The LensAR Laser System offers measurement-guided beam delivery for automated measurements and for cutting ocular anatomy using proprietary, modified Scheimpflug imaging. According to the company, results with this technology were accurate in animal studies and confirmed in human clinical studies. The company continues to research LensAR’s applications for cataract surgery.

Mr. Frey said that the company is near approval on the first indication for anterior capsulotomy with the laser. “We are working the trials for nuclear lens fragmentation now and that will be the next 510(k) approval sought. We would then seek approval on the cataract incision—clear corneal incision—and limbal relaxing incisions (astigmatic) as well.” Upon FDA approval, a software upgrade will be available for presbyopic algorithms.

Image-guided clinical applications of the LensX Laser include liquefying, softening, or fragmenting the lens; forming the anterior capsulotomy; and creating all corneal incisions (Figures 3 and 4). Company literature explains that integration of proprietary optical coherence tomography allows precise localization of surgical laser pulses.

Zoltan Nagy, MD, professor at Semmelweis University in Budapest, Hungary, was the first to use the LenSx technology clinically.4,5 In his study, the laser was used for anterior capsulotomy in 60 cases; all capsulotomies had smooth, uniform edges, and there were no capsular tears or adverse events. Dr. Nagy compared these results with those for 60 control individuals in whom manual capsulotomy was performed. The diameter of the capsulotomies created with the LenSx was significantly more reproducible. Dr. Nagy reported that the diameter of the capsulorhexis was individualized for each treatment, with the diameter of his typical capsulotomy ranging from 4.5 to 5.0 mm for a 6.0-mm optic. According to ex vivo testing and scanning electron microscopy in animal models, similar smoothness and mechanical strength of the capsulotomies were seen with the femtosecond laser and manual capsulotomy.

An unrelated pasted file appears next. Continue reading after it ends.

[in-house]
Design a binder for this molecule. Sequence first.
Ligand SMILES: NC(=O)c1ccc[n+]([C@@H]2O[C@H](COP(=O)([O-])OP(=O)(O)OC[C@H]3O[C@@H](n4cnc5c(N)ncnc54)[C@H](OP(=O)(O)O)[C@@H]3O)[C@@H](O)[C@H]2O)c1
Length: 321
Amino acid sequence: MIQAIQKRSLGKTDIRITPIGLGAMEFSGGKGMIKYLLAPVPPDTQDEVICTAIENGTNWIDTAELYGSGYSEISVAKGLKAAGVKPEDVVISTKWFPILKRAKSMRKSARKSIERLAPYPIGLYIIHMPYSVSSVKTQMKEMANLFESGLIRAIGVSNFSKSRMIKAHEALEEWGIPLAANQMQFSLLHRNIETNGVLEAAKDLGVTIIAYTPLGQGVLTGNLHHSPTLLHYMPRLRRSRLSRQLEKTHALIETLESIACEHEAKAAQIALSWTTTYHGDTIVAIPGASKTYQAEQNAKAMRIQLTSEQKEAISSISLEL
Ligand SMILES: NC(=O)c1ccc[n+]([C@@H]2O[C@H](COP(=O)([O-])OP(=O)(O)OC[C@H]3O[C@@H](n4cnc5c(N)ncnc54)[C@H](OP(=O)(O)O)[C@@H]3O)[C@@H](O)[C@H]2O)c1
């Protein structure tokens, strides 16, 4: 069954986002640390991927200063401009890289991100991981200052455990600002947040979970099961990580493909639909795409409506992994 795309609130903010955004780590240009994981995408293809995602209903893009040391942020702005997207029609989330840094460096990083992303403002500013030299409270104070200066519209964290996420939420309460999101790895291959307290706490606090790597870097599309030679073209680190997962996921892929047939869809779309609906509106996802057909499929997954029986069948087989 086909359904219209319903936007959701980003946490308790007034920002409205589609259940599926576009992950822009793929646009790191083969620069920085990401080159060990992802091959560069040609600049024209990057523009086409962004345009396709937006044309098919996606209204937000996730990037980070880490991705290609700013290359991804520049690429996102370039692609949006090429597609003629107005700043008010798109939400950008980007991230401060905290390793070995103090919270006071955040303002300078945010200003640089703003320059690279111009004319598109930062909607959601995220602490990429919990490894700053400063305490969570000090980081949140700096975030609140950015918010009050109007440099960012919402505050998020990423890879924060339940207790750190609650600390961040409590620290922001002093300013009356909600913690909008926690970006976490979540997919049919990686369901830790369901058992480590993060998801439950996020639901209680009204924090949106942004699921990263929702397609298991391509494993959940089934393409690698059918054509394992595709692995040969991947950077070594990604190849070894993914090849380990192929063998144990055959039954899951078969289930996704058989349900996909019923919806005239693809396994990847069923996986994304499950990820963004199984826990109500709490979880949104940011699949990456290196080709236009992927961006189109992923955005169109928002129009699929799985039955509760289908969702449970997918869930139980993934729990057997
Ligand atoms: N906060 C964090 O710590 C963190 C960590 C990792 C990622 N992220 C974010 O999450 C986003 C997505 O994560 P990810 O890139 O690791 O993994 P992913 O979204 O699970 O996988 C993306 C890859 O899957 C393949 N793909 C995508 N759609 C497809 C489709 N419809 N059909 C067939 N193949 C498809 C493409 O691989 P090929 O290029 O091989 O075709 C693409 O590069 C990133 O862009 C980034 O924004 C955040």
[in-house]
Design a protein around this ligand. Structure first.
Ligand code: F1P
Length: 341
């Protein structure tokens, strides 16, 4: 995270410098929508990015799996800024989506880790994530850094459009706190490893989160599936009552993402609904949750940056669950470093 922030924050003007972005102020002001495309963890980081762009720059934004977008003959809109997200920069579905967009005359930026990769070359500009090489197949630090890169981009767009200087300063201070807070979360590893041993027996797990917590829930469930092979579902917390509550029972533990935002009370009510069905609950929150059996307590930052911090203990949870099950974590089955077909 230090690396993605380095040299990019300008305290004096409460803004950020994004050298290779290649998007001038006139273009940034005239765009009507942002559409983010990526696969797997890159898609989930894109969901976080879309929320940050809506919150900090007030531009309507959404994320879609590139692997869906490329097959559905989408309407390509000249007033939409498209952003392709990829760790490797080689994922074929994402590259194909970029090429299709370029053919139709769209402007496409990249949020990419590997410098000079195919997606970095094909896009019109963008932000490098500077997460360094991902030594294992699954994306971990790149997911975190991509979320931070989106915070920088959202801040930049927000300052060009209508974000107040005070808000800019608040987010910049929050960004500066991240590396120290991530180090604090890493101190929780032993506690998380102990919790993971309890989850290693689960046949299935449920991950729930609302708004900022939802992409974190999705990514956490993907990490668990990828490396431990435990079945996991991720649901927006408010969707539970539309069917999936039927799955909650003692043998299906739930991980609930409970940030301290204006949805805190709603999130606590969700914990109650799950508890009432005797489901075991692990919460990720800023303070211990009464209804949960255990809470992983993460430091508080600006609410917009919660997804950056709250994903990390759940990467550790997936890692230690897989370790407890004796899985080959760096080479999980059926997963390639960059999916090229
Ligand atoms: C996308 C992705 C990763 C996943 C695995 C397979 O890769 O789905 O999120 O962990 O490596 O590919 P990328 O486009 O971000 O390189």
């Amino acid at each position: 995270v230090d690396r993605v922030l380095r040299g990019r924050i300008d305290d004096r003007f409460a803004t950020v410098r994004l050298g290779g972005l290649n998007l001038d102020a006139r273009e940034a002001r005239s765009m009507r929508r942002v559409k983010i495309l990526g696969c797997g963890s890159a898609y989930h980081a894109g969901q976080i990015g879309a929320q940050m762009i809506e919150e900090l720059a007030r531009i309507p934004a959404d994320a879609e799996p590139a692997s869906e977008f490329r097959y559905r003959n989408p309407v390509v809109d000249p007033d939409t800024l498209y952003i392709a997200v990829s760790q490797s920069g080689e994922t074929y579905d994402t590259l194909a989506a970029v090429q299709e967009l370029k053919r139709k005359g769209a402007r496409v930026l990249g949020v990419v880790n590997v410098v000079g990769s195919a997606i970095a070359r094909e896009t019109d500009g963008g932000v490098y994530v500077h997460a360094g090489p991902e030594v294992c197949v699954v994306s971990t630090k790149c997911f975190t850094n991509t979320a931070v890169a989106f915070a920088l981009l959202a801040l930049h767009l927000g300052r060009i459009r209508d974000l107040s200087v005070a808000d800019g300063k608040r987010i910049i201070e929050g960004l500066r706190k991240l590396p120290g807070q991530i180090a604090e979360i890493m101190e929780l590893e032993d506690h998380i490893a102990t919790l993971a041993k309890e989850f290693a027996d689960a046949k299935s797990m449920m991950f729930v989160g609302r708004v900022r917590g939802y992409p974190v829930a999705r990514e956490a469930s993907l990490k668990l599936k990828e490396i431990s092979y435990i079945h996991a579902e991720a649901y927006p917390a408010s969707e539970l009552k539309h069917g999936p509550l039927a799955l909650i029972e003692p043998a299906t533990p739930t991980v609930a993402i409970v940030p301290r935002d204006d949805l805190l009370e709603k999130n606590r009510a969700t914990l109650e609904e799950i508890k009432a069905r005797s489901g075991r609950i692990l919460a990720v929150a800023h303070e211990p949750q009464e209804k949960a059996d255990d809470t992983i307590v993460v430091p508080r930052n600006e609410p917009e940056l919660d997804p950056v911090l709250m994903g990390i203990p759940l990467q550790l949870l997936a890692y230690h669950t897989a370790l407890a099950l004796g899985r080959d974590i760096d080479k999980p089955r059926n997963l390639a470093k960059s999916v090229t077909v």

The LenSx Laser is also being evaluated for lens fragmentation. In Dr. Nagy’s initial series, softer lenses were successfully fragmented into small pieces that were removed with I/A and required no phacoemulsification. Harder lenses were successfully fragmented into quadrants for more efficient removal with low phaco power and energy. He reported no complications and, in an earlier article in CRSToday Europe, said that the technology “eliminates the need for manually creating grooves with the phacoemulsification handpiece.”6 Furthermore, less total ultrasound power was used compared with other phaco techniques.

LenSx Lasers, Inc., has established a second clinical site in Houston, where Stephen Slade, MD, performed the first femtosecond laser cataract surgery procedures in the United States in February.

Ronald Kurtz, MD; Tibor Juhasz, PhD; and Eric Weinberg are the cofounders of LenSx Lasers, Inc. The LenSx Laser is currently the only femtosecond laser to receive 510(k) clearance by the FDA for the creation of anterior capsulotomies and corneal incisions.

With an outstanding reputation in the field of retinal surgery and retinal lasers, Optimedica Corporation recently extended its reach to cataract surgery. Behind the scenes, the company worked to develop a noninvasive, intraocular femtosecond technique for some of the most techniquedriven steps of cataract surgery. Company literature reports that this laser is capable of creating precise corneal incisions and capsulorhexes and of fragmenting the lens (Figures 5 through 7).

Safety studies are complete, with ongoing clinical trials reportedly showing promising results. According to the company, its femtosecond laser is en route to providing significant benefits to both surgeons performing and patients undergoing the cataract procedure. Ongoing trials will provide optimized treatment algorithms, according to company literature.

A cataract surgical video featuring Optimedica Corporation’s femtosecond laser was shown at the 2009 AAO Annual Meeting in San Francisco. The technology uses real-time intraoperative optical coherence tomography visualization in the anterior chamber and on the cornea to determine the relevant dimensions and thicknesses of the lens and cornea and to guide treatment.